Recounting how the Congress turned the tables on the BJP shortly after the May 15 assembly polls result by offering unconditional support to the JD (S) to form a government that would keep the saffron party out of power, Kumaraswamy said: “Soon after results, I got a call from Dr. Parameshwara (Congress’ Karnataka unit chief who is now deputy chief minister) who suggested that Congress and Janata Dal (S) should join hands and form a government. I was not desirous of the CM post but I have been given a second chance to be CM. Those who helped me become CM (the BJP) for the first time are now sitting in the Opposition side.”

Taking a swipe at Yeddyurappa, who had to resign as chief minister last week after staying in office for just about 55 hours, Kumaraswamy said: “Last week, Yeddyurappa, as CM, thanked Prime Minister Narendra Modi for choosing him to lead the BJP in the polls. But, I am unable to understand how he made a statement that he will not allow any other party apart from the BJP to form the government in Karnataka. He is the custodian of democracy. We are now 118 in strength, including Congress, Janata Dal (S), BSP and independents. We submitted the letter to the Governor (Vajubhai Vala) requesting him to allow us to form the government. However, he chose to invite the single largest party and gave them 15 days’ time to prove their majority. This has not happened in other States.”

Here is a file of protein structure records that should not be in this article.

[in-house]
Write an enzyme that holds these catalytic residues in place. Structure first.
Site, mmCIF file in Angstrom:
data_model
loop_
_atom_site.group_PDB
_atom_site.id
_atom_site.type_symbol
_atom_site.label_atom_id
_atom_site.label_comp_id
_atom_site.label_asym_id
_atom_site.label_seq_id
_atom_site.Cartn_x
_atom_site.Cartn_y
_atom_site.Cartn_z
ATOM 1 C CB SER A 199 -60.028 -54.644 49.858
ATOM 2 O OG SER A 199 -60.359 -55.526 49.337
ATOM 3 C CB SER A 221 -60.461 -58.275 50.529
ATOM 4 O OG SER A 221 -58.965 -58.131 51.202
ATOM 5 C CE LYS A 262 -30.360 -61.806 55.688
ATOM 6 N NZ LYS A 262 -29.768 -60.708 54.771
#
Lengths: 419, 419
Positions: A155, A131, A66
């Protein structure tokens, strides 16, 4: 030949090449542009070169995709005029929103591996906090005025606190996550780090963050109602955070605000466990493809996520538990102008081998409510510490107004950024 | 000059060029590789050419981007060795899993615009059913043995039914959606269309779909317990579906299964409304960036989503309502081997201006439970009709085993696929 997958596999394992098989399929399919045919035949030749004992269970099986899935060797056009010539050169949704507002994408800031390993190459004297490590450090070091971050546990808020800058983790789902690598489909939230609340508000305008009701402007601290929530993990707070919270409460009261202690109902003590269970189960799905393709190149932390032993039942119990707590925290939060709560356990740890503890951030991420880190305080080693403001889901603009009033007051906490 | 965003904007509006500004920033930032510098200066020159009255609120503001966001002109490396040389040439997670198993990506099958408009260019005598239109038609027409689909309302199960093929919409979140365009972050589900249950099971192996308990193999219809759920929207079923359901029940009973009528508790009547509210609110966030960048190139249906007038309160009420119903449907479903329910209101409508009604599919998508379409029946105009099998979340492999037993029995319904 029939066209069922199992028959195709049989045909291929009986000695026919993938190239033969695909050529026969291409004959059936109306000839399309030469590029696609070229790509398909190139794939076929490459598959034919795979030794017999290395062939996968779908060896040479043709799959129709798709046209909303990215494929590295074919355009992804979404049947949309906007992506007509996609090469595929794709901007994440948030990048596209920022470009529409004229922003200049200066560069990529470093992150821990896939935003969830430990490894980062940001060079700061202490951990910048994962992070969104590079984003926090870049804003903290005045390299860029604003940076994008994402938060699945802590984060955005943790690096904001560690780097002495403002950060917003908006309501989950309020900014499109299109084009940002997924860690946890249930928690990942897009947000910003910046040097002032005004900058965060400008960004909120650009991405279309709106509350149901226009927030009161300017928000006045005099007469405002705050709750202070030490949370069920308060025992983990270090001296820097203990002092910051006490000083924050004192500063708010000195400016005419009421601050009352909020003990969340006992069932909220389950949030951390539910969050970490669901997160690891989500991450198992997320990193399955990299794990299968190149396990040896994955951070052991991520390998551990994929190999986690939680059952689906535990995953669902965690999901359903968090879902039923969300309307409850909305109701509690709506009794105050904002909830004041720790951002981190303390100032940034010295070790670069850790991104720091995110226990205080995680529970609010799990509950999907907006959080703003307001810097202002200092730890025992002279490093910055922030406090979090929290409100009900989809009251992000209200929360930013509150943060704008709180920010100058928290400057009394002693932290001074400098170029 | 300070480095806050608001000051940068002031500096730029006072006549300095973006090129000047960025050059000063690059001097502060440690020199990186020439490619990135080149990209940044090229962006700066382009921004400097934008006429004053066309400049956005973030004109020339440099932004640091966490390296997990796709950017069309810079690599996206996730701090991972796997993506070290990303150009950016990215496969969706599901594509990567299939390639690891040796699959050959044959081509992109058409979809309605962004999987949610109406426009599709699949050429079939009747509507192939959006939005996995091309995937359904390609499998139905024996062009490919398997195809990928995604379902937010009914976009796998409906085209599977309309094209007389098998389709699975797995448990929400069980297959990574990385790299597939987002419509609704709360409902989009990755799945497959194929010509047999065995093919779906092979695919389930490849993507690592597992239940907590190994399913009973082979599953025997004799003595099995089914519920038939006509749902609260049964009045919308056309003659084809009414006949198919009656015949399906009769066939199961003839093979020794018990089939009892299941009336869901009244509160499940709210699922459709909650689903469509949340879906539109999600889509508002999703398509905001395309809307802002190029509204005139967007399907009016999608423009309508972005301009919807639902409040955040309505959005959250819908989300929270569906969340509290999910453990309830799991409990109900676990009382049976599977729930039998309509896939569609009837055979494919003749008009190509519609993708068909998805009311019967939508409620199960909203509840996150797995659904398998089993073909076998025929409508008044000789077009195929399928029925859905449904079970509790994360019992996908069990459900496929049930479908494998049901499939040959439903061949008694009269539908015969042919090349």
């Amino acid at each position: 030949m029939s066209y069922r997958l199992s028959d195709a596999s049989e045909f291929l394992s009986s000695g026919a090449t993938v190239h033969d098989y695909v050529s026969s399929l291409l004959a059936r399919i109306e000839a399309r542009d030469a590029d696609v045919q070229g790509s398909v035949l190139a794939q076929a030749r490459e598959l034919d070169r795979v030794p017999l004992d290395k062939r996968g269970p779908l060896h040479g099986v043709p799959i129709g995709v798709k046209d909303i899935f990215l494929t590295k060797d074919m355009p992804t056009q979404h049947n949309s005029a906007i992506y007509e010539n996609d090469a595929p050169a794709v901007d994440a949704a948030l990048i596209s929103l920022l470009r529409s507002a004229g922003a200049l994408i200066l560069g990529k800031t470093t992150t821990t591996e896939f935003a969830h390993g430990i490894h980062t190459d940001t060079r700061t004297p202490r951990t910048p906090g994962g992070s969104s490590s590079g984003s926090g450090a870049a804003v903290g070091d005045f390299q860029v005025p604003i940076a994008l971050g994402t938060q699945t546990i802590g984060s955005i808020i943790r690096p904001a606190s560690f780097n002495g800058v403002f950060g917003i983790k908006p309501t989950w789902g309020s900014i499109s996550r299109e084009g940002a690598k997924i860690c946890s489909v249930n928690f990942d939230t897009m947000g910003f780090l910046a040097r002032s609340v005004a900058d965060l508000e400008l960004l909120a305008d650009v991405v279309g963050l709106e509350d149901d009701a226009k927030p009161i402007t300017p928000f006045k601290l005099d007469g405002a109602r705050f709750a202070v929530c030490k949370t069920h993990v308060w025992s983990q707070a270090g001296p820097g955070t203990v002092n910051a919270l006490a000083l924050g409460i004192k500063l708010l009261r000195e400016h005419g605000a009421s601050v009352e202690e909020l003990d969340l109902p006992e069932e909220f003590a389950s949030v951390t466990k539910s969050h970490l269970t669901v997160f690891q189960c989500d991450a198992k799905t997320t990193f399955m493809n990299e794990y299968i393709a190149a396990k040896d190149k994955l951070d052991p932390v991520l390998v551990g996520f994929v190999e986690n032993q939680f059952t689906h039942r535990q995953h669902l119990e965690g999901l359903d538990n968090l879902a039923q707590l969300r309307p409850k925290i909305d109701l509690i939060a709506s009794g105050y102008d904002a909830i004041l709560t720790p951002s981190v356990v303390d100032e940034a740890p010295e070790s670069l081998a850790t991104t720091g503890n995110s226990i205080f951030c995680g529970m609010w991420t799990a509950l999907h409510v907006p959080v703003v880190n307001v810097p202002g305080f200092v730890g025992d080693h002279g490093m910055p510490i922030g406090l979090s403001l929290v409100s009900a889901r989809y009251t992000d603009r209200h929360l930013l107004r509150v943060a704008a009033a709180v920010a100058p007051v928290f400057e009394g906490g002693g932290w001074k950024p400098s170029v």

Kumaraswamy also conceded that his decision to ally with the BJP in the past to become the state’s chief minister had hurt his father, former prime minister HD Deve Gowda. “I am guilty of taking political decisions that have pained my father. The circumstances were such that I did not have much choice… My family has not hankered for power. We have worked for maintaining a secular identity. Today, people should not feel that I joined hands with Congress because I wanted to become the Chief Minister. I took the decision for the future of my party. I want to right the wrongs that I have done when I was previously the Chief Minister,” he said.

Recalling his past mistakes during his first stint as chief minister, Kumaraswamy said: “There were rumours that pained me a great deal when I was the Chief Minister. When I did not hand over power the first time (after the BJP moved to end the alliance with JD-S), I earned a lot of ill will. I had an agreement with Yeddyurappa and not the BJP’s leadership. I have borne the brunt of being labelled as someone who hasn’t kept his word for the past 10 years.”